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ON THIS DAY IN 1963, the Eagle reported, “HAVANA (UPI) — An estimated 1,000 Cubans boarded the American freighter Shirley Lykes today for an overnight voyage to the United States and freedom from Communist domination. The refugees started lining up along the Havana waterfront as early as 9 a.m. for an anticipated dusk departure for Port Everglades, Fla. Passengers included about 800 close relatives of recently-freed Cuban invasion prisoners and some 200 ‘hardship cases,’ the aged and infirm unable to get adequate medical treatment here. The Cuban Red Cross fed the passengers short-ration meals prior to their boarding. Aboard, an American Red Cross medical team installed cots and mattresses and prepared to distribute box lunches. To get cleared for departure, passengers had to turn over titles to any properties they owned in Cuba, their cars and ration booklets. Their friends and relatives were forbidden to see them off. The departure will swell to 1,200 the number of Cubans and Cuban-Americans allowed to leave Cuba this week. The first group of 98 flew out late yesterday. They reported that Fidel Castro is plagued by growing economic problems, dwindling popular support and growing resentment over the continued presence of Russians. With the Cubans and Cuban-Americans were four Red Cross officials and West German diplomat Johannes Hellmuth and his daughter, Ursula. A second flight from Miami tomorrow will deliver more ransom supplies and return from Havana with approximately 100 refugees.”

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Wayne Gretzky
Greg Allen/Invision/AP
Vince Carter
Morry Gash/AP

NOTABLE PEOPLE BORN ON THIS DAY include Pulitzer Prize-winning cartoonist Jules Feiffer, who was born in 1929; R&B musician Huey “Piano” Smith, who was born in 1934; baseball broadcaster Bob Uecker, who was born in 1934; comic book artist Sal Buscema, who was born in Brooklyn in 1936; “Eight Men Out” star David Strathairn, who was born in 1949; singer-songwriter Lucinda Williams, who was born in 1953; “Sweet Love” singer Anita Baker, who was born in 1958; talk show host Ellen DeGeneres, who was born in 1958; Hockey Hall of Famer Wayne Gretzky, who was born in 1961; Cinderella singer Tom Keifer, who was born in 1961; former N.J. Nets shooting guard Vince Carter, who was born in 1977; former N.J./Brooklyn Nets shooting guard MarShon Brooks, who was born in 1989; and figure skater Emily Hughes, who was born in 1989.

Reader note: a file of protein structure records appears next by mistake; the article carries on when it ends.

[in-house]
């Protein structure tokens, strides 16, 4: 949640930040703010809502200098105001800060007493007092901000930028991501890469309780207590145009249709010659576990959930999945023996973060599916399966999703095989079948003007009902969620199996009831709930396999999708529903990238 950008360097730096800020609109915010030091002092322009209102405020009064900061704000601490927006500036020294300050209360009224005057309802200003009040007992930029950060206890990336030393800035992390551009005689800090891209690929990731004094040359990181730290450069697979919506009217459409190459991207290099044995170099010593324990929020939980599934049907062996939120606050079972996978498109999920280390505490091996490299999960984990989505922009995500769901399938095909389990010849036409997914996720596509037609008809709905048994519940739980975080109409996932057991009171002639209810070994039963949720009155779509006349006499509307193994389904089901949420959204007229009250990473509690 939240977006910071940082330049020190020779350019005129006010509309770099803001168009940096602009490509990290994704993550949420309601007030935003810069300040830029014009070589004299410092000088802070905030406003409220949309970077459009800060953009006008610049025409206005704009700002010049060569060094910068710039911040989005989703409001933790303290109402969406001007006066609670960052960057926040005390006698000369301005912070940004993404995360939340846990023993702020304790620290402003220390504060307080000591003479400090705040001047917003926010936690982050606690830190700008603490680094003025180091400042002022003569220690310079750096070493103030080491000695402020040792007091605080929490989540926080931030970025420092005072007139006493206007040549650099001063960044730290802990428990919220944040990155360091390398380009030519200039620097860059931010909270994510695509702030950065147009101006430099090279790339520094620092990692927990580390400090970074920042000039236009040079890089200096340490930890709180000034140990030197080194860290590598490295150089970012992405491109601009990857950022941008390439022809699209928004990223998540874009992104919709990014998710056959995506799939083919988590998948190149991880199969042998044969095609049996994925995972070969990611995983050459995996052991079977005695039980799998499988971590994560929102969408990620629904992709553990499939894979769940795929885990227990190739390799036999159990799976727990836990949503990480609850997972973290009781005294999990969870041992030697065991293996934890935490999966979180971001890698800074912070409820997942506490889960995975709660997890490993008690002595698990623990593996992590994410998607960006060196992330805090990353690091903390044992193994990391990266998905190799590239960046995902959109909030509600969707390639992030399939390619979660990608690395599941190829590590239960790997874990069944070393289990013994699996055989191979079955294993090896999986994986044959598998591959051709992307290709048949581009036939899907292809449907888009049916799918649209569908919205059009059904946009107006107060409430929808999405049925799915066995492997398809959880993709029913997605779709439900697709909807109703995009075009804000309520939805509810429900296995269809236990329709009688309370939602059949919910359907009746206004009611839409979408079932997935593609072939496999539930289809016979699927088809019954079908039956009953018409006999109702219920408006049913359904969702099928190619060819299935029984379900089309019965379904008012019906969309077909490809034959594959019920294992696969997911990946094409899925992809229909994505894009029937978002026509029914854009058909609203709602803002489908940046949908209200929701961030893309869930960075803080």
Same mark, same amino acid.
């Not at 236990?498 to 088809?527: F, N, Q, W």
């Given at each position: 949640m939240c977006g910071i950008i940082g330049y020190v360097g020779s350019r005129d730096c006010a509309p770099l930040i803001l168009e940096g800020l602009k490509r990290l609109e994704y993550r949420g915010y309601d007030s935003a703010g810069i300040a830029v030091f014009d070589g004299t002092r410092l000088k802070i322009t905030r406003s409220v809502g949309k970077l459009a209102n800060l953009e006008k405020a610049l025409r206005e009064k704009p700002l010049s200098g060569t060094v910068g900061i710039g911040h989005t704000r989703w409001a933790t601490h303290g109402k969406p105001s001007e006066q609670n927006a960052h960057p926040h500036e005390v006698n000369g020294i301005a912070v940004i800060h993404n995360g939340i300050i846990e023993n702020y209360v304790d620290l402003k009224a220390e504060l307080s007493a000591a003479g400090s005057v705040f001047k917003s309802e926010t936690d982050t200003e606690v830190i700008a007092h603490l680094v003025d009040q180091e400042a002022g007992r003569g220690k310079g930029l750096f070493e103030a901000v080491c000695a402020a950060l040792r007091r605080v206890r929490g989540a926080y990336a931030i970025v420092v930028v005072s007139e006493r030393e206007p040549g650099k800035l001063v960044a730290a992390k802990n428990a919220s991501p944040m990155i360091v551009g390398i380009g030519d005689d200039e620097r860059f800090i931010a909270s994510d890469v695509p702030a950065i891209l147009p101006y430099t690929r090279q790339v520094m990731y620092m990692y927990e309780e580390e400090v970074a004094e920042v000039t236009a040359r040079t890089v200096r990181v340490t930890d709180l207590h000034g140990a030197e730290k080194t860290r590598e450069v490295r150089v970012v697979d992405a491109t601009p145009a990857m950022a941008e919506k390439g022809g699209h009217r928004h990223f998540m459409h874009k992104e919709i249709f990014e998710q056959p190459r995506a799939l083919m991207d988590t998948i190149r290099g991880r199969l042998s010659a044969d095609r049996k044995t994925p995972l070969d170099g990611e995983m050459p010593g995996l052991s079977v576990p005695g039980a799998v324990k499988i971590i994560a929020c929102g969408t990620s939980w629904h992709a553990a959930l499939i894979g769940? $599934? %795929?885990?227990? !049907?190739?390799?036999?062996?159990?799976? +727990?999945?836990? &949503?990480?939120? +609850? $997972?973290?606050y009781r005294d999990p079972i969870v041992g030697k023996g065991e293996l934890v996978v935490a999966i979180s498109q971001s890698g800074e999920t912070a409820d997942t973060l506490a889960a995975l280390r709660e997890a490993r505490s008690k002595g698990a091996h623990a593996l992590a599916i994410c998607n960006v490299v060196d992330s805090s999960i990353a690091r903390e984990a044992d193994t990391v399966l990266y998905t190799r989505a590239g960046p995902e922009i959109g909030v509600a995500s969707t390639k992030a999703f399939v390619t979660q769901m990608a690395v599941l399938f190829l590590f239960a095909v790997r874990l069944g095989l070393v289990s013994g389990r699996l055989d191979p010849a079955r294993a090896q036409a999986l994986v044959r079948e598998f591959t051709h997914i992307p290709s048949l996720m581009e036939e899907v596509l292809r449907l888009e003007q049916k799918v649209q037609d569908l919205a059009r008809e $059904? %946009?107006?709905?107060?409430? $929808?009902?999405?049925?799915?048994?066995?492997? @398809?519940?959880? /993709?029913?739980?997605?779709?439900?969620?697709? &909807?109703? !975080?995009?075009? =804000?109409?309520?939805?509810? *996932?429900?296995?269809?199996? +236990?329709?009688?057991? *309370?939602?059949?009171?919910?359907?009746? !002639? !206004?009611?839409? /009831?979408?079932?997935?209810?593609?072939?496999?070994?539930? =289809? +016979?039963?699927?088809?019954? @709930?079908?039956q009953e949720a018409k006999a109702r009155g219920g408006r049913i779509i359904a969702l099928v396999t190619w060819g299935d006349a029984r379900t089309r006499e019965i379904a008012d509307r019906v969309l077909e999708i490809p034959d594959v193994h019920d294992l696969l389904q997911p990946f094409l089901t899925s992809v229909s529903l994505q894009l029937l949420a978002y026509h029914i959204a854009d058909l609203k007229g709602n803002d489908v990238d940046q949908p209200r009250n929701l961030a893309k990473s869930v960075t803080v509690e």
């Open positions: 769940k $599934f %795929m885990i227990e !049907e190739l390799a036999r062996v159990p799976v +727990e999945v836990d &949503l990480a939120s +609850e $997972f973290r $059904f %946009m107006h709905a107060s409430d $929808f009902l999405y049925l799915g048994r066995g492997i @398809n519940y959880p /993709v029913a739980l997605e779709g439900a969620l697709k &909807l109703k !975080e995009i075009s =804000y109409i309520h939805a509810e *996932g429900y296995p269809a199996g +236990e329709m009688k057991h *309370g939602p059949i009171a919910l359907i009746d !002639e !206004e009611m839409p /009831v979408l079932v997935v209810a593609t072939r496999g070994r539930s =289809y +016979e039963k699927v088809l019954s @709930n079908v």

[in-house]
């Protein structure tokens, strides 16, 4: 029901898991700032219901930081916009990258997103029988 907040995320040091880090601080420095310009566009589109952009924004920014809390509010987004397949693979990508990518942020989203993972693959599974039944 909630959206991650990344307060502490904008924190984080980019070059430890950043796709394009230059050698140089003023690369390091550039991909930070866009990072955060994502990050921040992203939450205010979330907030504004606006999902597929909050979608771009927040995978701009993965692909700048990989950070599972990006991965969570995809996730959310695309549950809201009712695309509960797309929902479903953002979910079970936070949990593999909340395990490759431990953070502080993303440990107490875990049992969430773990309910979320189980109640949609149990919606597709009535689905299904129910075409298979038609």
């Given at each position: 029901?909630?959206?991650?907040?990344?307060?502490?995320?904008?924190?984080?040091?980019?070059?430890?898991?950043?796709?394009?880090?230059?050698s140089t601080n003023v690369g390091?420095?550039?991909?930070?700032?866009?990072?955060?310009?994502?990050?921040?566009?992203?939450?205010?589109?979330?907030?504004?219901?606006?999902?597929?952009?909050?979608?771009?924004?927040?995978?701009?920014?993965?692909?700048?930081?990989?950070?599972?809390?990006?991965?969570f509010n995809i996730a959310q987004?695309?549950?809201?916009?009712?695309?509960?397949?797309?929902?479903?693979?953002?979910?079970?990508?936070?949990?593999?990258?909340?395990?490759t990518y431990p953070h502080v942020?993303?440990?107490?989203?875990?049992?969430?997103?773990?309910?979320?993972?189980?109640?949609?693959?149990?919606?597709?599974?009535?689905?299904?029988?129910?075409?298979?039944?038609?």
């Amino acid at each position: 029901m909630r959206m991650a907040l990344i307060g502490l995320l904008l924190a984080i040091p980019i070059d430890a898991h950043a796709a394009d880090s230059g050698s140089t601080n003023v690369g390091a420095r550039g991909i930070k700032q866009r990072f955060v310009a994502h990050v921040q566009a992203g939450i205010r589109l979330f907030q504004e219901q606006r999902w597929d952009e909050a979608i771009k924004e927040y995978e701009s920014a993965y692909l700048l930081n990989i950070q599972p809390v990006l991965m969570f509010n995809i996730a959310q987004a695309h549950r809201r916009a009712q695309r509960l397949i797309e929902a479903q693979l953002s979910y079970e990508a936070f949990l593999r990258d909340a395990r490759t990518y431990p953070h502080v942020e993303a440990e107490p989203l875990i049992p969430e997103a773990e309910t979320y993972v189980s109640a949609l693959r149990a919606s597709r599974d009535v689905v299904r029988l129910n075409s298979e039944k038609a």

Anita Baker
Jordan Strauss/Invision/AP

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WORDS ABOUT BIRDS: On this day in 1784, founding father Benjamin Franklin wrote a letter to his daughter expressing his unhappiness over the choice of the eagle as the symbol of America. Franklin preferred the turkey.

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PHANTASTIC: “The Phantom of the Opera” premiered on Broadway on this day in 1988. The multiple-award-winning musical, based on the Gaston Leroux novel about a tortured soul haunting the Paris Opera House, premiered in London on Oct. 9, 1986. Its music and lyrics are by Andrew Lloyd Webber and Charles Hart, with book by Lloyd Webber and Richard Stilgoe. In January 2006 it became the longest-running show in Broadway history.

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Special thanks to “Chase’s Calendar of Events” and Brooklyn Public Library.

 

Quotable:

“You miss 100 percent of the shots you never take.”

— Hockey Hall of Famer Wayne Gretzky, who was born on this day in 1961